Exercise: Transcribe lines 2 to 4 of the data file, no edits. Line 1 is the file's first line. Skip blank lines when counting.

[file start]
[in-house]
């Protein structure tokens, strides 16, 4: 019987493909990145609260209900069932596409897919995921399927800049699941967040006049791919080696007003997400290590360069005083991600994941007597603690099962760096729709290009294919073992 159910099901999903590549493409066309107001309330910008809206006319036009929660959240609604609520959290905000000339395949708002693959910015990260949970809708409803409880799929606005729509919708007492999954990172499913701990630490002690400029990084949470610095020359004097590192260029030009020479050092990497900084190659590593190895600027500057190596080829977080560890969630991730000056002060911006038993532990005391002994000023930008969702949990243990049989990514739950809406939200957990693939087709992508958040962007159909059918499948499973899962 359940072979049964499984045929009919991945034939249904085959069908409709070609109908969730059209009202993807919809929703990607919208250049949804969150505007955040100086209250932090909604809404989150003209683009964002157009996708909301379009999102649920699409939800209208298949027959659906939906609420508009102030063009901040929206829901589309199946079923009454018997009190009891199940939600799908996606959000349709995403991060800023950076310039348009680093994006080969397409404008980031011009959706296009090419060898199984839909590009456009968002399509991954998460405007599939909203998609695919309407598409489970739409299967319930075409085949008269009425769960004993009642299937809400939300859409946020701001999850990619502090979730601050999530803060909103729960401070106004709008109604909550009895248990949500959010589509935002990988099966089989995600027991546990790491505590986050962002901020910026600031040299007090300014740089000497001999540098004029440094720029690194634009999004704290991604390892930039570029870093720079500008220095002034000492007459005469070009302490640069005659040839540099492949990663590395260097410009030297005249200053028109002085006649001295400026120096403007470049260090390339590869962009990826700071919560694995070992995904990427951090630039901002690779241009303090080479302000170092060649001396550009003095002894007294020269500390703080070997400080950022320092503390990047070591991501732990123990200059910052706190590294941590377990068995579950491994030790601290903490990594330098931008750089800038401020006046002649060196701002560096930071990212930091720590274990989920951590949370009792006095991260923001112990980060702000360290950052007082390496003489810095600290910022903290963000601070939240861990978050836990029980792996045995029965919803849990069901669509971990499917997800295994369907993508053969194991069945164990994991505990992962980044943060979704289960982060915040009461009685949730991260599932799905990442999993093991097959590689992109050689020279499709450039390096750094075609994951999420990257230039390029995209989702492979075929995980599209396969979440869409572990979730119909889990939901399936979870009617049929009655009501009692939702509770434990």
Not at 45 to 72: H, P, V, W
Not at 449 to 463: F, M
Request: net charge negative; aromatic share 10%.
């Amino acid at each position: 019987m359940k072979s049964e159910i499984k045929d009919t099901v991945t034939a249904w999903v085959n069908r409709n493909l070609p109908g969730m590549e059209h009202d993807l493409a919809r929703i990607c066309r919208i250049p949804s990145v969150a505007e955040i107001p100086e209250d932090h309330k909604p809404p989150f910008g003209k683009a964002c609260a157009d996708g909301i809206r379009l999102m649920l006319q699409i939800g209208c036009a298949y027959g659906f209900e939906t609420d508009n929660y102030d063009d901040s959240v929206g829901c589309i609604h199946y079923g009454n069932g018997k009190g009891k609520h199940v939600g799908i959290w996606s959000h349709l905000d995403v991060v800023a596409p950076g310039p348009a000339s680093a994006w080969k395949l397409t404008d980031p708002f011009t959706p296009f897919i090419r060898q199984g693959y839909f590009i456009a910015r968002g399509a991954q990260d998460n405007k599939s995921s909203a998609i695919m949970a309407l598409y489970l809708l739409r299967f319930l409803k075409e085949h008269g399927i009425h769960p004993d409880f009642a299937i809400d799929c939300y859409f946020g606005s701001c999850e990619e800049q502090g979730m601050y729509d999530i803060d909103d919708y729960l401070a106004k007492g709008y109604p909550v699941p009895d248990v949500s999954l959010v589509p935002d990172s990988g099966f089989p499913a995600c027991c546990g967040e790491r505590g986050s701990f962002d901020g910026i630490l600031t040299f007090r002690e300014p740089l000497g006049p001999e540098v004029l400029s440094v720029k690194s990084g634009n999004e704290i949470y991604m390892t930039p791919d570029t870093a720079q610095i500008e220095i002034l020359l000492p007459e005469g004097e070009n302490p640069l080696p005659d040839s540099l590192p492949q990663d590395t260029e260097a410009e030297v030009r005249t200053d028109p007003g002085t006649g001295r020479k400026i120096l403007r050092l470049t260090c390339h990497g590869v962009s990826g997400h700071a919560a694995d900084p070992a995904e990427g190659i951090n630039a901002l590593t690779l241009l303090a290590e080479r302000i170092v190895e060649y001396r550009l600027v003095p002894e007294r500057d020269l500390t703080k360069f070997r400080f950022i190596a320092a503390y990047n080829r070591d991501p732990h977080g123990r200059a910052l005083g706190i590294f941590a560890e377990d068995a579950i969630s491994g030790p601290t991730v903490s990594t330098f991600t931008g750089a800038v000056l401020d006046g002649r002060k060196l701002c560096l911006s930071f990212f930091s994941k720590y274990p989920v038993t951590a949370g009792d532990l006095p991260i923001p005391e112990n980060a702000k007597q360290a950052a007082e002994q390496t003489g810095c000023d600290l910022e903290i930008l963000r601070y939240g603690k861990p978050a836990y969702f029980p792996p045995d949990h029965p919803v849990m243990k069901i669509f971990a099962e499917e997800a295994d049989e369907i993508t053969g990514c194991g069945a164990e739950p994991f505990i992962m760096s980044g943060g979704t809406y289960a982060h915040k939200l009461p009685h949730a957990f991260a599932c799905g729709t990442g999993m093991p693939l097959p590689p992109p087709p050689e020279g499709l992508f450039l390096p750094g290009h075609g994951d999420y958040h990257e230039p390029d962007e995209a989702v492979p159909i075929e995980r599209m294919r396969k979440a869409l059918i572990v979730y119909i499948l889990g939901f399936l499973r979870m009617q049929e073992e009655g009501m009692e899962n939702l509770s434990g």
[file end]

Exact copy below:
């Protein structure tokens, strides 16, 4: 019987493909990145609260209900069932596409897919995921399927800049699941967040006049791919080696007003997400290590360069005083991600994941007597603690099962760096729709290009294919073992 159910099901999903590549493409066309107001309330910008809206006319036009929660959240609604609520959290905000000339395949708002693959910015990260949970809708409803409880799929606005729509919708007492999954990172499913701990630490002690400029990084949470610095020359004097590192260029030009020479050092990497900084190659590593190895600027500057190596080829977080560890969630991730000056002060911006038993532990005391002994000023930008969702949990243990049989990514739950809406939200957990693939087709992508958040962007159909059918499948499973899962 359940072979049964499984045929009919991945034939249904085959069908409709070609109908969730059209009202993807919809929703990607919208250049949804969150505007955040100086209250932090909604809404989150003209683009964002157009996708909301379009999102649920699409939800209208298949027959659906939906609420508009102030063009901040929206829901589309199946079923009454018997009190009891199940939600799908996606959000349709995403991060800023950076310039348009680093994006080969397409404008980031011009959706296009090419060898199984839909590009456009968002399509991954998460405007599939909203998609695919309407598409489970739409299967319930075409085949008269009425769960004993009642299937809400939300859409946020701001999850990619502090979730601050999530803060909103729960401070106004709008109604909550009895248990949500959010589509935002990988099966089989995600027991546990790491505590986050962002901020910026600031040299007090300014740089000497001999540098004029440094720029690194634009999004704290991604390892930039570029870093720079500008220095002034000492007459005469070009302490640069005659040839540099492949990663590395260097410009030297005249200053028109002085006649001295400026120096403007470049260090390339590869962009990826700071919560694995070992995904990427951090630039901002690779241009303090080479302000170092060649001396550009003095002894007294020269500390703080070997400080950022320092503390990047070591991501732990123990200059910052706190590294941590377990068995579950491994030790601290903490990594330098931008750089800038401020006046002649060196701002560096930071990212930091720590274990989920951590949370009792006095991260923001112990980060702000360290950052007082390496003489810095600290910022903290963000601070939240861990978050836990029980792996045995029965919803849990069901669509971990499917997800295994369907993508053969194991069945164990994991505990992962980044943060979704289960982060915040009461009685949730991260599932799905990442999993093991097959590689992109050689020279499709450039390096750094075609994951999420990257230039390029995209989702492979075929995980599209396969979440869409572990979730119909889990939901399936979870009617049929009655009501009692939702509770434990």
Not at 45 to 72: H, P, V, W
Not at 449 to 463: F, M